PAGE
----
Three & Half Acres Yoga Class
Mondays, Dec. 4, 11, and 18, 10:15-11:15 a.m.

Hosted by the Virtual Center for Active Adults. This mat-based yoga class is designed specifically for older adults or anyone interested in a gentle yoga session. Please check with your doctor before starting this or any exercise program. For more information, visit; To join the virtual presentation on Zoom, visit; Meeting ID: 905 123 5932; Passcode: 3636

Brain Gym 
Fridays, Dec. 8, Jan. 5, Feb. 2, 2-3 p.m.

George Mason Regional Library, 7001 Little River Turnpike, Annandale
Improve your brain health with fun exercises like sudoku, word puzzles, memorization games, and more. Come to one or all the sessions. No registration. For older adults. For more information, call 703-256-3800.

Shakespeare Opera Theatre’s Hansel and Gretel
Saturday, Dec. 9, 3 p.m. and 7 p.m.; Sunday, Dec. 10, 3 p.m.; St. Thomas Episcopal Church, 8991 Brook Rd., McLean
Saturday, Dec. 16, Noon and 4 p.m.; Grace Episcopal Church, 6407 Main St., The Plains

SOT presents the beloved children’s tale in operatic form in a lighthearted performance for all ages! Enjoy Bavarian treats before and during the show! Presented in English translation. Tickets start at $39.50. For more information or to purchase tickets, call 443-226-8270 or visit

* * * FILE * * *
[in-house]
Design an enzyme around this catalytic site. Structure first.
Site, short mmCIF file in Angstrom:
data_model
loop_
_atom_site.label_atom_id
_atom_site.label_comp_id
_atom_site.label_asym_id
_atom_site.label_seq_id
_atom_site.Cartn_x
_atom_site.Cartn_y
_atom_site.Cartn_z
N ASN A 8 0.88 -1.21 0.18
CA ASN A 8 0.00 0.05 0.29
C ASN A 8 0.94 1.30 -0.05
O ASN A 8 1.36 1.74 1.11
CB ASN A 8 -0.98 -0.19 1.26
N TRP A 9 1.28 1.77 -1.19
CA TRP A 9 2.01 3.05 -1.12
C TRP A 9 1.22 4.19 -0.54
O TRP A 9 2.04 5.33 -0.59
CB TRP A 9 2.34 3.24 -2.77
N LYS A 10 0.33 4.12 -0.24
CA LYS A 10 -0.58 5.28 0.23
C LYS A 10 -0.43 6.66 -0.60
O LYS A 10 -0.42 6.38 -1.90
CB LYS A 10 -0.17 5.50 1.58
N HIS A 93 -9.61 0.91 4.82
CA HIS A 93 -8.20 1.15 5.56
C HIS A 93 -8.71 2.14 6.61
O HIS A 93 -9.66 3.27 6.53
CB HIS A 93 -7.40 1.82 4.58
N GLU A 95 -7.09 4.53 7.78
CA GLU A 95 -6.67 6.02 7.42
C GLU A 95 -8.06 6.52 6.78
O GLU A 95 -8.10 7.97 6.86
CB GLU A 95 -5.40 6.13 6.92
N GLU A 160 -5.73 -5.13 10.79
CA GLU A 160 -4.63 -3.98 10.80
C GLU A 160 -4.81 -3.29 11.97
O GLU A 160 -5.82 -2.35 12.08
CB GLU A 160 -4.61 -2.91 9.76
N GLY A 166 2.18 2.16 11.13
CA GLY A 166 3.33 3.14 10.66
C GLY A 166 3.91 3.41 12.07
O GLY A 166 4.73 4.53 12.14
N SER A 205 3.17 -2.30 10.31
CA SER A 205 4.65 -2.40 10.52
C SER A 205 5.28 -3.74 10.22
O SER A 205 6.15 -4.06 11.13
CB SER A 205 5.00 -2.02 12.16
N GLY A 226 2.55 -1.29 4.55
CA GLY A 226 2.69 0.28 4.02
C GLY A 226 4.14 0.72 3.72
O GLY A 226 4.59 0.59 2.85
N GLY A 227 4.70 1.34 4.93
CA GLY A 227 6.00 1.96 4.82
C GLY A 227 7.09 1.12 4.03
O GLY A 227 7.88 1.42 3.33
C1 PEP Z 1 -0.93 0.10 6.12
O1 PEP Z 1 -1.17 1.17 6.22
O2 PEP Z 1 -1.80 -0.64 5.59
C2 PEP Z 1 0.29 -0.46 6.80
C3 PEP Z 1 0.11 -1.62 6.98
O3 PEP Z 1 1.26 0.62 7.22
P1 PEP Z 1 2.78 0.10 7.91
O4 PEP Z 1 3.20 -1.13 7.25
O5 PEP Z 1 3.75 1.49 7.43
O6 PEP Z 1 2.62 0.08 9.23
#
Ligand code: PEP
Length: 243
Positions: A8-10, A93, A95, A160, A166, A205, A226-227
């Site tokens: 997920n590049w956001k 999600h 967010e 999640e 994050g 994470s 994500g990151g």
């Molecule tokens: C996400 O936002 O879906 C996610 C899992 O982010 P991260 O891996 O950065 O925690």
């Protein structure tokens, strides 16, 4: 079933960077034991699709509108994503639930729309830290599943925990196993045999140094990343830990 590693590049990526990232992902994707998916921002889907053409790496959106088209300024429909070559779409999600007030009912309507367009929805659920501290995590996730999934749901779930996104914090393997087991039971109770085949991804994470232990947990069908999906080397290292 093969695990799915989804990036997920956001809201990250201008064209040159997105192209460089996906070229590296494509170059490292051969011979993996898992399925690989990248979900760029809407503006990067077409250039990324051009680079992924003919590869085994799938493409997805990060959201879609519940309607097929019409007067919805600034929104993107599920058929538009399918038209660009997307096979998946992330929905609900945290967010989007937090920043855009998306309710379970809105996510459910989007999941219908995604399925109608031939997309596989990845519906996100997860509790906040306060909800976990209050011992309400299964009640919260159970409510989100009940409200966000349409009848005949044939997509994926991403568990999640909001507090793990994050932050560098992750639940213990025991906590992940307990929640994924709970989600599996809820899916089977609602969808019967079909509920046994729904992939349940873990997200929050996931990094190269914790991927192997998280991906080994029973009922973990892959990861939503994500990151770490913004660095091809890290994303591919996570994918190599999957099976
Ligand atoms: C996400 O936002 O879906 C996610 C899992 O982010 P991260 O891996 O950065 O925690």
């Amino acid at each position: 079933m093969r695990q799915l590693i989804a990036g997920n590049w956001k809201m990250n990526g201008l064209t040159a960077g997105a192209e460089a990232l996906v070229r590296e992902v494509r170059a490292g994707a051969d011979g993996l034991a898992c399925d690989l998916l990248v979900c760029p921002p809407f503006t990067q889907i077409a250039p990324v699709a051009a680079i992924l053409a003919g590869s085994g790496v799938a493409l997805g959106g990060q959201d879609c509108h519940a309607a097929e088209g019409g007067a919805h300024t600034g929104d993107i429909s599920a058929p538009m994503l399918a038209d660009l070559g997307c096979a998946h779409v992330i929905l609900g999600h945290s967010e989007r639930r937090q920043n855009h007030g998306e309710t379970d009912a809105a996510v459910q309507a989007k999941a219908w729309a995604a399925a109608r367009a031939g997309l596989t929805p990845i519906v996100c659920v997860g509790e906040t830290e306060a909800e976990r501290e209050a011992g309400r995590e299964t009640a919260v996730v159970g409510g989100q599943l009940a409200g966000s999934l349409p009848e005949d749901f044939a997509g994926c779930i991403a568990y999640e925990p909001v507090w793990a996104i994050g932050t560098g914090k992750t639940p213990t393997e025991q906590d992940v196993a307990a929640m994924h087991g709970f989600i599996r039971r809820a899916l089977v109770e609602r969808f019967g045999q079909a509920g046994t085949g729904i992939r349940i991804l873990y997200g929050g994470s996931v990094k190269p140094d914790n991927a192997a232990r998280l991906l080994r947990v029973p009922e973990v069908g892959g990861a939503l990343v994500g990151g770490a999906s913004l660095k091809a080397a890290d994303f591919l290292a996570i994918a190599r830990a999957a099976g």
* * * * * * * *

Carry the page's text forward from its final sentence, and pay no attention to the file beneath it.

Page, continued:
How Exercise Helps with Brain Health
Wednesday, December 13, 1-2:30 p.m.

Virtual and in-person event at Insight Memory Care Center, Fairfax 3955 Pender Drive, Suite 100, Fairfax
Learn how exercise changes the brain in ways that protect memory and thinking skills. For more information and to register, visit

Service of Remembrance
Sunday, December 17, 6 p.m. 

Fairfax Memorial Funeral Home, 9902 Braddock Rd, Fairfax 
Join us for a candlelight event to honor and remember all those we have lost in the past year. Refreshments will be provided following the service. 

Memory Screenings at the Wellness Center for Older Adults